Under its Plays for Sure protocol, and as explained on its website, Microsoft licenses to and permits distribution and playback of DRM-protected musical material by only two network music players—those made by Roku and D-Link. This means that the SoundBridge can play protected music files downloaded, for example, from,,, and When you click on the protected song's title with the Roku's remote, the SoundBridge displays the message "Acquiring License," signifying that it is matching its code to that of the DRM-wrapped music file. That done, the player can then receive the protected file over a home network, though the file can be played in only one room at a time. (The Sonos system allows several players to play simultaneously.) The DRM-wrapped FairPlay AAC files downloaded from Apple's iTunes Store will not play, however.

Installing the SoundBridge
I initially installed the SoundBridge M1001 on my office desk, next to the laptop that serves as my music server. The SoundBridge has no physical user controls—it must be operated from its remote or from a computer via a WiFi or Ethernet connection. Setup was easy, and as I browsed my music library on my laptop, the SoundBridge displayed all of the album and song titles and artist names of music I'd ripped from my favorite CDs using Windows Media Player software.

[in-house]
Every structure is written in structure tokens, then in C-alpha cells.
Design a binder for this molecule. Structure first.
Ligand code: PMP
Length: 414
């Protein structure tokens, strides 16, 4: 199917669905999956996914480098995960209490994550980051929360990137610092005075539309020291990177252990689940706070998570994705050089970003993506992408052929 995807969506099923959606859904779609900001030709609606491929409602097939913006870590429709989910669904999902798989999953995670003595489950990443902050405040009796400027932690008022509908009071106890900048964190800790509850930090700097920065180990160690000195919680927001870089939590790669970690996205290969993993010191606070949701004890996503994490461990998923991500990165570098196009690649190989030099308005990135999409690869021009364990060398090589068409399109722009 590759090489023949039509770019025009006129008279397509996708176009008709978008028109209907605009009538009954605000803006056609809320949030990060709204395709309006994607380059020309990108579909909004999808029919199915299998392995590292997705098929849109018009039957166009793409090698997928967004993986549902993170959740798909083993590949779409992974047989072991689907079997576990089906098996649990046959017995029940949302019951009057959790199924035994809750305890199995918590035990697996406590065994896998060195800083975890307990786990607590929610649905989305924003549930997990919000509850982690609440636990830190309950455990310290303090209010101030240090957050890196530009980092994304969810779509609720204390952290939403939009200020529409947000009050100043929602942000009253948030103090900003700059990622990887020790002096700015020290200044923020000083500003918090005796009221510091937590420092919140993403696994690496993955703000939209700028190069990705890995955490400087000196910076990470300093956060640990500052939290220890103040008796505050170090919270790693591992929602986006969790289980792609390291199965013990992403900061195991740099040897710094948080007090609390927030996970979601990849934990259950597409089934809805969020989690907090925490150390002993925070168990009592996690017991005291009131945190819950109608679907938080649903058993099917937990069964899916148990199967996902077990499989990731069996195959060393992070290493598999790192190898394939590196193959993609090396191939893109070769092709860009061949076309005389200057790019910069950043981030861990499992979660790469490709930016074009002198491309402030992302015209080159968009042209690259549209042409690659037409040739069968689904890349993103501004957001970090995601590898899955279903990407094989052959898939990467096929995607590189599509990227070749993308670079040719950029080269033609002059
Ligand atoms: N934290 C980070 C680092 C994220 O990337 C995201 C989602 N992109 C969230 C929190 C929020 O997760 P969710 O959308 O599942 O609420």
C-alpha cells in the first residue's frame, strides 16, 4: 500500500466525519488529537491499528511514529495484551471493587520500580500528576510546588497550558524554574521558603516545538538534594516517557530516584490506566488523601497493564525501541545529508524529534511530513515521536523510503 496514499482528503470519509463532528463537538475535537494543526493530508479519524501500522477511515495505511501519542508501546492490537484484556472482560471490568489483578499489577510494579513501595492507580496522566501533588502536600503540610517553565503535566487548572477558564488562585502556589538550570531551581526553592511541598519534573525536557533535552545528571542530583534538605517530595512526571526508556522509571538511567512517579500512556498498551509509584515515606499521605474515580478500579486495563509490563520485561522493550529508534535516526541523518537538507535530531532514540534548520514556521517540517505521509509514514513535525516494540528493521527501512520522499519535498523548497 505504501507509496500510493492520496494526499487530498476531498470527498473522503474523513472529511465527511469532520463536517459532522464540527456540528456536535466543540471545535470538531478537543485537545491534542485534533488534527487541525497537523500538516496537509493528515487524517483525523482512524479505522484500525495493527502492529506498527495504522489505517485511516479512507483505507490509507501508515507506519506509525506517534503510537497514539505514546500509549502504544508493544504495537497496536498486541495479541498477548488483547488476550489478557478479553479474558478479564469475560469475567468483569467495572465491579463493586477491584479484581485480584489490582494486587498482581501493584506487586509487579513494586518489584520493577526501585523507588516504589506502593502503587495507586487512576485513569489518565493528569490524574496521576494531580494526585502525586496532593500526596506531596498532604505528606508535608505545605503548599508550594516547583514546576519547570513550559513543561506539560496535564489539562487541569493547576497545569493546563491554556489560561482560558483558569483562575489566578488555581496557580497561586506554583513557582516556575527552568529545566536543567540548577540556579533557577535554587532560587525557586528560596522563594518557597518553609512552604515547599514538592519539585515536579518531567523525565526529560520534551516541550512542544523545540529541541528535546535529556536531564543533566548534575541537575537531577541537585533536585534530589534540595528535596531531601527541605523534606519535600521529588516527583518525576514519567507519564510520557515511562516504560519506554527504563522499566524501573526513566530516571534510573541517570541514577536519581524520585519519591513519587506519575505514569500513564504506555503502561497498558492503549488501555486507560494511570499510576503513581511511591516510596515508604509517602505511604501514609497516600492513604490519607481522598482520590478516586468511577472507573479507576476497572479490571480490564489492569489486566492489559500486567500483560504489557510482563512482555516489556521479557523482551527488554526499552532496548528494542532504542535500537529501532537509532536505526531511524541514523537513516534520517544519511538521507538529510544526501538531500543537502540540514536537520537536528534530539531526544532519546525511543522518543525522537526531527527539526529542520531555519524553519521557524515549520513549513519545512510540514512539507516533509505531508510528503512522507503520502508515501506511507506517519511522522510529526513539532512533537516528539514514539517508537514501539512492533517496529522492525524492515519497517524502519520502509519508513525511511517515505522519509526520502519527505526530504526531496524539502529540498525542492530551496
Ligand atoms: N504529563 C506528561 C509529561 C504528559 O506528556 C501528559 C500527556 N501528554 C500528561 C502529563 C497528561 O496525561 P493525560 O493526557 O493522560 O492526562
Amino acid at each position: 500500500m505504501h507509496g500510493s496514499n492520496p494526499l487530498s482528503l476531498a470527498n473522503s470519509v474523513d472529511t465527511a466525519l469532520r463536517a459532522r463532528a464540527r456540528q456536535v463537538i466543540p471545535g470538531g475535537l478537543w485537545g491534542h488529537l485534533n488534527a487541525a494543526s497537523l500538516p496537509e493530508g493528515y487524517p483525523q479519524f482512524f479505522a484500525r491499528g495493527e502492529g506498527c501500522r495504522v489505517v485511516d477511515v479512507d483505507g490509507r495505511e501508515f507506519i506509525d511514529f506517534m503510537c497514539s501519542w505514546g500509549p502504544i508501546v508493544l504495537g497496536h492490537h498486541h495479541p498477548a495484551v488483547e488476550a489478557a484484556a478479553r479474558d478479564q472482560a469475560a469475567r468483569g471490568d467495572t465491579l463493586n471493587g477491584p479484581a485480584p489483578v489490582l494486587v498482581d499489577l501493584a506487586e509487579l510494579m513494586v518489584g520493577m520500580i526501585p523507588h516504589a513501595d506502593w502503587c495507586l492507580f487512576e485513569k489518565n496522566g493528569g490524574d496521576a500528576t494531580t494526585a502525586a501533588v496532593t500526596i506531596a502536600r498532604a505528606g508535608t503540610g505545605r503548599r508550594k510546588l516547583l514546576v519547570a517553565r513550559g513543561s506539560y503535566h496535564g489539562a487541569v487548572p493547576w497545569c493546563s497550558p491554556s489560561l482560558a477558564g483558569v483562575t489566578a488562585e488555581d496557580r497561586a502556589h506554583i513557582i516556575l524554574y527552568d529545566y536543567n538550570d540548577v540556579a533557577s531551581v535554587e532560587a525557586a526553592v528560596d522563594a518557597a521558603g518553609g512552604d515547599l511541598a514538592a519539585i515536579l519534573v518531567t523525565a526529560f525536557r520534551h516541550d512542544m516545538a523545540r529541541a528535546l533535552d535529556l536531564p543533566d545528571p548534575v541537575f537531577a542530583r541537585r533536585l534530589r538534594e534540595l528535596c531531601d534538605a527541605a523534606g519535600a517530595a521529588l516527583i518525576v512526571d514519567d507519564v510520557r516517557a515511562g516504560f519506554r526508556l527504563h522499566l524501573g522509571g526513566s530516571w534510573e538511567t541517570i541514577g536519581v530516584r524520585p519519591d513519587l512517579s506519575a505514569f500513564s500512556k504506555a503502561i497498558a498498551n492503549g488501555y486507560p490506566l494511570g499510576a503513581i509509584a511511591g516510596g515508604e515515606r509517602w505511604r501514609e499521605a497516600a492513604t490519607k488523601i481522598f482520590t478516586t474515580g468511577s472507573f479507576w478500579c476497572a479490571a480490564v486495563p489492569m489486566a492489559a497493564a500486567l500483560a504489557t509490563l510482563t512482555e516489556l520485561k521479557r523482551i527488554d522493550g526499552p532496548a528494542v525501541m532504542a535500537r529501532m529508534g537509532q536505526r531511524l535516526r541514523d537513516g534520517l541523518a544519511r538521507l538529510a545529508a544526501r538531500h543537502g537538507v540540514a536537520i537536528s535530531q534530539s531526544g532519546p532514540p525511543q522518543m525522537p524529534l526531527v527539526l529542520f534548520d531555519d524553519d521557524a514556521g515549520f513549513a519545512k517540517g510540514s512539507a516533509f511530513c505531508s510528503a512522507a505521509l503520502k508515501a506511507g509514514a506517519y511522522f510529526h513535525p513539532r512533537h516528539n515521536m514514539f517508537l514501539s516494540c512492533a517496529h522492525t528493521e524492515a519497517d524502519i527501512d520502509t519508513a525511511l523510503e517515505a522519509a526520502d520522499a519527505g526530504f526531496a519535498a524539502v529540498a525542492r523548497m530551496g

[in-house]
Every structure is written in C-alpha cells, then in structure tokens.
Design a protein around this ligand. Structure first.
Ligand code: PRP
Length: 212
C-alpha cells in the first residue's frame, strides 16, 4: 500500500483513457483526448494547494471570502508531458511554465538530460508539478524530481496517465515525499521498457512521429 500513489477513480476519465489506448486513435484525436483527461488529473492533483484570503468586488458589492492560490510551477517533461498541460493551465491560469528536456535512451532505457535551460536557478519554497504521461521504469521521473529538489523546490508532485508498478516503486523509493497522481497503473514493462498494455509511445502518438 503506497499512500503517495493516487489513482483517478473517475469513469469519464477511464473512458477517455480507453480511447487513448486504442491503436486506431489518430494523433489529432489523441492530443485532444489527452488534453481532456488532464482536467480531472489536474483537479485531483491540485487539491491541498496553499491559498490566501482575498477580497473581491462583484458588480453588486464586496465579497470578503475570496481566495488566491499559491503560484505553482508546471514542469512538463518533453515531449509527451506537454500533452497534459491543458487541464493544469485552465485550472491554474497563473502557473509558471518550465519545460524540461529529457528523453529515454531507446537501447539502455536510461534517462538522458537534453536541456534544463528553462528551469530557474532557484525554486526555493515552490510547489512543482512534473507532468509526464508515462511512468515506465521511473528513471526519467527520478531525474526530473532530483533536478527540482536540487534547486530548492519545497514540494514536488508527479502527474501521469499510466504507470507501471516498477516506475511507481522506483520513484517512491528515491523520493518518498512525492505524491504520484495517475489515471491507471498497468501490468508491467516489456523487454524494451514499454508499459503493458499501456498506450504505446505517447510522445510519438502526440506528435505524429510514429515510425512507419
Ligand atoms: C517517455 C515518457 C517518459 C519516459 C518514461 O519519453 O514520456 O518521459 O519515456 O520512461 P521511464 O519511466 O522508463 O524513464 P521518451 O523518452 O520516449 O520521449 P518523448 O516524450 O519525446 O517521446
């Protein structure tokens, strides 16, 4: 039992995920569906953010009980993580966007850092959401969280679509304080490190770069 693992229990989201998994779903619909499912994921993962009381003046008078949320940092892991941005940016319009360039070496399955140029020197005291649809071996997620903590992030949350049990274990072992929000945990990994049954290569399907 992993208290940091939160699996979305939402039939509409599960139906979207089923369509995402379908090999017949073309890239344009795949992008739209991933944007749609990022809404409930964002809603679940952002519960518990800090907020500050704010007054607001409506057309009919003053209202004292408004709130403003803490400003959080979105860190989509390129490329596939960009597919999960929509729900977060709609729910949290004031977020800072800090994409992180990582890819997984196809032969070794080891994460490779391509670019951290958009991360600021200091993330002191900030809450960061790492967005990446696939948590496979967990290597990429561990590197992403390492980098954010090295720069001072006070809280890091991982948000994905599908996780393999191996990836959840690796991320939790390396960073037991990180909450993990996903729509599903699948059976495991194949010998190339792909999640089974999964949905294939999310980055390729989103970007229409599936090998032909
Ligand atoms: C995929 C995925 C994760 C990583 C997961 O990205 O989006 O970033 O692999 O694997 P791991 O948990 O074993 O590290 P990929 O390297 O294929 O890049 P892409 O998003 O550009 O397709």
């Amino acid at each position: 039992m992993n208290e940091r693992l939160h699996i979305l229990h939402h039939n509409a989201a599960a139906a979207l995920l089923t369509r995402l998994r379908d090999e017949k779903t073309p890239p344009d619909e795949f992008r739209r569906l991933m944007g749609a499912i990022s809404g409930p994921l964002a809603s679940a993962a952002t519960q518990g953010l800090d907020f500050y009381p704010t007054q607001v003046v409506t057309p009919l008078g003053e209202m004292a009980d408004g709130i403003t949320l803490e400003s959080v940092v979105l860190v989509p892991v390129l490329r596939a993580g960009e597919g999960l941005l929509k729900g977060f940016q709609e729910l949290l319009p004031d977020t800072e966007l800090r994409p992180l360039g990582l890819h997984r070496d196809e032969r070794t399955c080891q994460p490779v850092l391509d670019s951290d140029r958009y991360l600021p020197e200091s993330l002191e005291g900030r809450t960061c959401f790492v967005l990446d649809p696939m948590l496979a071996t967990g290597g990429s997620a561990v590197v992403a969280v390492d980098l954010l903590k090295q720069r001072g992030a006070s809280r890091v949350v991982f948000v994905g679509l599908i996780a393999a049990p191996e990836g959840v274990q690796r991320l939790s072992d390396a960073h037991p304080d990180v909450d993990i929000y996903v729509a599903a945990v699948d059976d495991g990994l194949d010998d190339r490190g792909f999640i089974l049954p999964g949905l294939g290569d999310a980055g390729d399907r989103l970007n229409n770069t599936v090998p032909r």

Footnote 1: Gracenote, Inc., is best known for operating the Music Recognition Service (MRS), a large online database. iTunes and other Internet music stores tap into MRS to automatically label downloads with artist, song title, and other information for users to apply when copying CDs to their personal computers. Gracenote's CD Trustee shareware program (available at can automatically catalog, organize, and display an entire music collection if the user simply inserts each CD in turn in his computer's hard drive. Gracenote's Music Library 1.0 ( is a shareware database application that allows a user to catalog and play music files and media stored on the user's home computer.

Footnote 2: The Roku SoundBridge can't be called a music or media server because it lacks an internal hard drive to store music and/or video files, though its accompanying software distributes files to other components for playback. The owner of a digital music player must set up the files of his music library on his computer's hard drive. Alternatively, a separate external hard drive, or Network Attached Storage (NAS) drive—such as a Maxtor Shared Storage (Plus) or a Buffalo Linksys—can be used to store the music files. One attaches an NAS to the WiFi's router via an Ethernet cable. The drive's icon will then appear on the PC's screen whenever the owner pulls up the "My Network Places" page.